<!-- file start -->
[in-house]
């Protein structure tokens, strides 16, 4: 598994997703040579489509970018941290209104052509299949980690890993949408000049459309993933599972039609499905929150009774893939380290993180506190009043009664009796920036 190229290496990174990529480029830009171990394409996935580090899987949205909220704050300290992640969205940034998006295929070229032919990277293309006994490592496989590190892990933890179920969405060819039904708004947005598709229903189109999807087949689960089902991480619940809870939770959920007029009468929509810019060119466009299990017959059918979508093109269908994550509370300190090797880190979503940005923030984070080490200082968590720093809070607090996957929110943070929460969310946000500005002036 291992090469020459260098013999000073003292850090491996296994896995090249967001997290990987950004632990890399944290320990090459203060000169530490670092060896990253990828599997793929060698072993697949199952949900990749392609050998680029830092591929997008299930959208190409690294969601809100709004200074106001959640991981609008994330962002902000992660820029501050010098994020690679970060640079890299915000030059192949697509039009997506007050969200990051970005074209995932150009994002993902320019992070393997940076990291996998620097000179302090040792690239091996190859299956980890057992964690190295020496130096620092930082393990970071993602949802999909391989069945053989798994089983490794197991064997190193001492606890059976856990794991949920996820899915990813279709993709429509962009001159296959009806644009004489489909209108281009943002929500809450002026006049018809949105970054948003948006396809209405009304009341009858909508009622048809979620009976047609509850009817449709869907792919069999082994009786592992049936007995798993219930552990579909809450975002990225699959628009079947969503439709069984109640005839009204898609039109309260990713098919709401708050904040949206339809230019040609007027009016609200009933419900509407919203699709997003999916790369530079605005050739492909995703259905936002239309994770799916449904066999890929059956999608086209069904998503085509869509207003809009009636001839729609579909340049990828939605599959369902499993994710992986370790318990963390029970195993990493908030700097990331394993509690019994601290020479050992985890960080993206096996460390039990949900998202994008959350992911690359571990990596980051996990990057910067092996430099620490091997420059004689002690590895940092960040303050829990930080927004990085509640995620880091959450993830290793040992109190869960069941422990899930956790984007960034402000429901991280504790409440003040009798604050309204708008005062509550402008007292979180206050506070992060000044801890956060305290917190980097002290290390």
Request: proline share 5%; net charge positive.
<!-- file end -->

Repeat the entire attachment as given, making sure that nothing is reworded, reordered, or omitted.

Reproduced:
[in-house]
């Protein structure tokens, strides 16, 4: 598994997703040579489509970018941290209104052509299949980690890993949408000049459309993933599972039609499905929150009774893939380290993180506190009043009664009796920036 190229290496990174990529480029830009171990394409996935580090899987949205909220704050300290992640969205940034998006295929070229032919990277293309006994490592496989590190892990933890179920969405060819039904708004947005598709229903189109999807087949689960089902991480619940809870939770959920007029009468929509810019060119466009299990017959059918979508093109269908994550509370300190090797880190979503940005923030984070080490200082968590720093809070607090996957929110943070929460969310946000500005002036 291992090469020459260098013999000073003292850090491996296994896995090249967001997290990987950004632990890399944290320990090459203060000169530490670092060896990253990828599997793929060698072993697949199952949900990749392609050998680029830092591929997008299930959208190409690294969601809100709004200074106001959640991981609008994330962002902000992660820029501050010098994020690679970060640079890299915000030059192949697509039009997506007050969200990051970005074209995932150009994002993902320019992070393997940076990291996998620097000179302090040792690239091996190859299956980890057992964690190295020496130096620092930082393990970071993602949802999909391989069945053989798994089983490794197991064997190193001492606890059976856990794991949920996820899915990813279709993709429509962009001159296959009806644009004489489909209108281009943002929500809450002026006049018809949105970054948003948006396809209405009304009341009858909508009622048809979620009976047609509850009817449709869907792919069999082994009786592992049936007995798993219930552990579909809450975002990225699959628009079947969503439709069984109640005839009204898609039109309260990713098919709401708050904040949206339809230019040609007027009016609200009933419900509407919203699709997003999916790369530079605005050739492909995703259905936002239309994770799916449904066999890929059956999608086209069904998503085509869509207003809009009636001839729609579909340049990828939605599959369902499993994710992986370790318990963390029970195993990493908030700097990331394993509690019994601290020479050992985890960080993206096996460390039990949900998202994008959350992911690359571990990596980051996990990057910067092996430099620490091997420059004689002690590895940092960040303050829990930080927004990085509640995620880091959450993830290793040992109190869960069941422990899930956790984007960034402000429901991280504790409440003040009798604050309204708008005062509550402008007292979180206050506070992060000044801890956060305290917190980097002290290390």
Request: proline share 5%; net charge positive.